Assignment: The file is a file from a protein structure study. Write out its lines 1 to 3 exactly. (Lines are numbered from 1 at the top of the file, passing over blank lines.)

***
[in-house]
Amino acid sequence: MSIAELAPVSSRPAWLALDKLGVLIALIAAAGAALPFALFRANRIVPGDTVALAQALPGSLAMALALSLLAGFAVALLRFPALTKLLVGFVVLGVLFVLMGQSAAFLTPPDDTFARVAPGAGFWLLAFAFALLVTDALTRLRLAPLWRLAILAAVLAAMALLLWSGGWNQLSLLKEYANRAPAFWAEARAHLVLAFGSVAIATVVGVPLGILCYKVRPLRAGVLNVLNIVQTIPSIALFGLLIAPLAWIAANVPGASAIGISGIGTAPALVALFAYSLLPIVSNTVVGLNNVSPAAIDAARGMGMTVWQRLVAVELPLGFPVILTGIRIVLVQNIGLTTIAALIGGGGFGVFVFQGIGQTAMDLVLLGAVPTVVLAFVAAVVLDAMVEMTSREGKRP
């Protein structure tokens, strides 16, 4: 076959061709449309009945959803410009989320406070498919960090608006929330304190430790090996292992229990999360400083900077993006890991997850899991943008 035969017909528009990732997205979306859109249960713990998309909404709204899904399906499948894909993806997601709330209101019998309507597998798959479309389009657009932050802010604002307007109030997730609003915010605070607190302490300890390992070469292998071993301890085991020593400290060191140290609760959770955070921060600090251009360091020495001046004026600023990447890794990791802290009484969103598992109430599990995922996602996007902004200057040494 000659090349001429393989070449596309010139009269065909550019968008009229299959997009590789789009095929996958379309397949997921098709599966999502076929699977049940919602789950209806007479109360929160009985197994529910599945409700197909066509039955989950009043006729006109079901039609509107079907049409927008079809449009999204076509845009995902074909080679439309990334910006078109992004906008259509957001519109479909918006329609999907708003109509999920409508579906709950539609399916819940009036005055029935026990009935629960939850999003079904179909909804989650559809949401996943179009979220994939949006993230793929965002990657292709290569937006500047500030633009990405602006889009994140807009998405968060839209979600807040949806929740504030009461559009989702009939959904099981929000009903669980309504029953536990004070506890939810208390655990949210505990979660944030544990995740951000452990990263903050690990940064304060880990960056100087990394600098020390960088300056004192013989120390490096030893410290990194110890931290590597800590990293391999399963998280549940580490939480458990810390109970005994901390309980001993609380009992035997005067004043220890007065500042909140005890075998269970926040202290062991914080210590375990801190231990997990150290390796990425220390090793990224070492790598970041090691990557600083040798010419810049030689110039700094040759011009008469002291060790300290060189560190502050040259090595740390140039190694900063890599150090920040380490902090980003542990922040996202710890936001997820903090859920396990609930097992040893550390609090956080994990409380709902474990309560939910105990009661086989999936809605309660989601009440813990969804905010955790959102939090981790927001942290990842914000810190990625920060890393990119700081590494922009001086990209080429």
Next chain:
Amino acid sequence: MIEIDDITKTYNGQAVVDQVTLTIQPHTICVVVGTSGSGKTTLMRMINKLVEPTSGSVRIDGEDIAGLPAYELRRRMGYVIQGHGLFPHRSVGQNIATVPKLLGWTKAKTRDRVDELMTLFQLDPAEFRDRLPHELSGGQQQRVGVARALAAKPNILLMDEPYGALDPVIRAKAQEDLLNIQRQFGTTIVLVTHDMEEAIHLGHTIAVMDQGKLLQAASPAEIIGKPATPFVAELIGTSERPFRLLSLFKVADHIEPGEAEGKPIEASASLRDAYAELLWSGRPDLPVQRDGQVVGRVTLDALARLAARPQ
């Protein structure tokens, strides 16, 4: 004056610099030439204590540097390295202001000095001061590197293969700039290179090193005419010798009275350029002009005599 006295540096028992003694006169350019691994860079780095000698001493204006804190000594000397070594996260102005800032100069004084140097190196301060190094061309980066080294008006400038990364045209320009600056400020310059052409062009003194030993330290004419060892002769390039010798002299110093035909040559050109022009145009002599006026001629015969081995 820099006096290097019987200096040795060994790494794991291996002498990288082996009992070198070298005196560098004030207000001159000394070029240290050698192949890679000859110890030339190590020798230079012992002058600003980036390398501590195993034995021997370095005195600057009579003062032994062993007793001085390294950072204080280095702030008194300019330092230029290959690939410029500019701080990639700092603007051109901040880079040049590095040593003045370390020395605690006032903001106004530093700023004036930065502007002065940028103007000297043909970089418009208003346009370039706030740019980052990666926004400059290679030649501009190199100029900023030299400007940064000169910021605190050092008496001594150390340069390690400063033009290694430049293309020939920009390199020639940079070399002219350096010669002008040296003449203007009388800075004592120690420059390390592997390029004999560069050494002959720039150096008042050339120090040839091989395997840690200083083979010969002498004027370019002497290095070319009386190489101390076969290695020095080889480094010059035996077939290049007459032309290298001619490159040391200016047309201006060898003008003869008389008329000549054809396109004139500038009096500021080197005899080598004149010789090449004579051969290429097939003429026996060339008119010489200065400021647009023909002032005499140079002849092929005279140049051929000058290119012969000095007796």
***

[in-house]
Amino acid sequence: MSIAELAPVSSRPAWLALDKLGVLIALIAAAGAALPFALFRANRIVPGDTVALAQALPGSLAMALALSLLAGFAVALLRFPALTKLLVGFVVLGVLFVLMGQSAAFLTPPDDTFARVAPGAGFWLLAFAFALLVTDALTRLRLAPLWRLAILAAVLAAMALLLWSGGWNQLSLLKEYANRAPAFWAEARAHLVLAFGSVAIATVVGVPLGILCYKVRPLRAGVLNVLNIVQTIPSIALFGLLIAPLAWIAANVPGASAIGISGIGTAPALVALFAYSLLPIVSNTVVGLNNVSPAAIDAARGMGMTVWQRLVAVELPLGFPVILTGIRIVLVQNIGLTTIAALIGGGGFGVFVFQGIGQTAMDLVLLGAVPTVVLAFVAAVVLDAMVEMTSREGKRP
């Protein structure tokens, strides 16, 4: 076959061709449309009945959803410009989320406070498919960090608006929330304190430790090996292992229990999360400083900077993006890991997850899991943008 035969017909528009990732997205979306859109249960713990998309909404709204899904399906499948894909993806997601709330209101019998309507597998798959479309389009657009932050802010604002307007109030997730609003915010605070607190302490300890390992070469292998071993301890085991020593400290060191140290609760959770955070921060600090251009360091020495001046004026600023990447890794990791802290009484969103598992109430599990995922996602996007902004200057040494 000659090349001429393989070449596309010139009269065909550019968008009229299959997009590789789009095929996958379309397949997921098709599966999502076929699977049940919602789950209806007479109360929160009985197994529910599945409700197909066509039955989950009043006729006109079901039609509107079907049409927008079809449009999204076509845009995902074909080679439309990334910006078109992004906008259509957001519109479909918006329609999907708003109509999920409508579906709950539609399916819940009036005055029935026990009935629960939850999003079904179909909804989650559809949401996943179009979220994939949006993230793929965002990657292709290569937006500047500030633009990405602006889009994140807009998405968060839209979600807040949806929740504030009461559009989702009939959904099981929000009903669980309504029953536990004070506890939810208390655990949210505990979660944030544990995740951000452990990263903050690990940064304060880990960056100087990394600098020390960088300056004192013989120390490096030893410290990194110890931290590597800590990293391999399963998280549940580490939480458990810390109970005994901390309980001993609380009992035997005067004043220890007065500042909140005890075998269970926040202290062991914080210590375990801190231990997990150290390796990425220390090793990224070492790598970041090691990557600083040798010419810049030689110039700094040759011009008469002291060790300290060189560190502050040259090595740390140039190694900063890599150090920040380490902090980003542990922040996202710890936001997820903090859920396990609930097992040893550390609090956080994990409380709902474990309560939910105990009661086989999936809605309660989601009440813990969804905010955790959102939090981790927001942290990842914000810190990625920060890393990119700081590494922009001086990209080429």